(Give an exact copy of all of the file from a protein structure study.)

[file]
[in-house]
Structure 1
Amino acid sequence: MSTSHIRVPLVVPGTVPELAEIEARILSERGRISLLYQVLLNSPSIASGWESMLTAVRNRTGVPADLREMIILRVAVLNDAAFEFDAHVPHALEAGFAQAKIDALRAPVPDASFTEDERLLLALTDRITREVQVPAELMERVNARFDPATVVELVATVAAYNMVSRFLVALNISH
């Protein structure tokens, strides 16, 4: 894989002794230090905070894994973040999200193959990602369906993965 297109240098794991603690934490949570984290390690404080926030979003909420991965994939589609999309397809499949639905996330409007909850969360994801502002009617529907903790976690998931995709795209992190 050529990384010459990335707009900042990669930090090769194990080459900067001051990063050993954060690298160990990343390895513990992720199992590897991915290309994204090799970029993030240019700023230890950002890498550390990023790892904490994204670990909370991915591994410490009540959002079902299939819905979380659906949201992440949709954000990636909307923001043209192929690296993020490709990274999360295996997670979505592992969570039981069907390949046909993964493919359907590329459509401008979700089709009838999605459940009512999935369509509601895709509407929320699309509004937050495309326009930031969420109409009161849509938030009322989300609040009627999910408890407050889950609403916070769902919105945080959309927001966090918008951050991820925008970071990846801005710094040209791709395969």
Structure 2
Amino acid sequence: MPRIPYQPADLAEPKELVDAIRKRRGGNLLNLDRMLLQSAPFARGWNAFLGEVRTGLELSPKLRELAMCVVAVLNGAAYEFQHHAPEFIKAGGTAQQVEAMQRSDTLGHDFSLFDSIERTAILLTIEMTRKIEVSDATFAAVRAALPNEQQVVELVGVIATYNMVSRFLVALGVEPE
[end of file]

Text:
[in-house]
Structure 1
Amino acid sequence: MSTSHIRVPLVVPGTVPELAEIEARILSERGRISLLYQVLLNSPSIASGWESMLTAVRNRTGVPADLREMIILRVAVLNDAAFEFDAHVPHALEAGFAQAKIDALRAPVPDASFTEDERLLLALTDRITREVQVPAELMERVNARFDPATVVELVATVAAYNMVSRFLVALNISH
């Protein structure tokens, strides 16, 4: 894989002794230090905070894994973040999200193959990602369906993965 297109240098794991603690934490949570984290390690404080926030979003909420991965994939589609999309397809499949639905996330409007909850969360994801502002009617529907903790976690998931995709795209992190 050529990384010459990335707009900042990669930090090769194990080459900067001051990063050993954060690298160990990343390895513990992720199992590897991915290309994204090799970029993030240019700023230890950002890498550390990023790892904490994204670990909370991915591994410490009540959002079902299939819905979380659906949201992440949709954000990636909307923001043209192929690296993020490709990274999360295996997670979505592992969570039981069907390949046909993964493919359907590329459509401008979700089709009838999605459940009512999935369509509601895709509407929320699309509004937050495309326009930031969420109409009161849509938030009322989300609040009627999910408890407050889950609403916070769902919105945080959309927001966090918008951050991820925008970071990846801005710094040209791709395969």
Structure 2
Amino acid sequence: MPRIPYQPADLAEPKELVDAIRKRRGGNLLNLDRMLLQSAPFARGWNAFLGEVRTGLELSPKLRELAMCVVAVLNGAAYEFQHHAPEFIKAGGTAQQVEAMQRSDTLGHDFSLFDSIERTAILLTIEMTRKIEVSDATFAAVRAALPNEQQVVELVGVIATYNMVSRFLVALGVEPE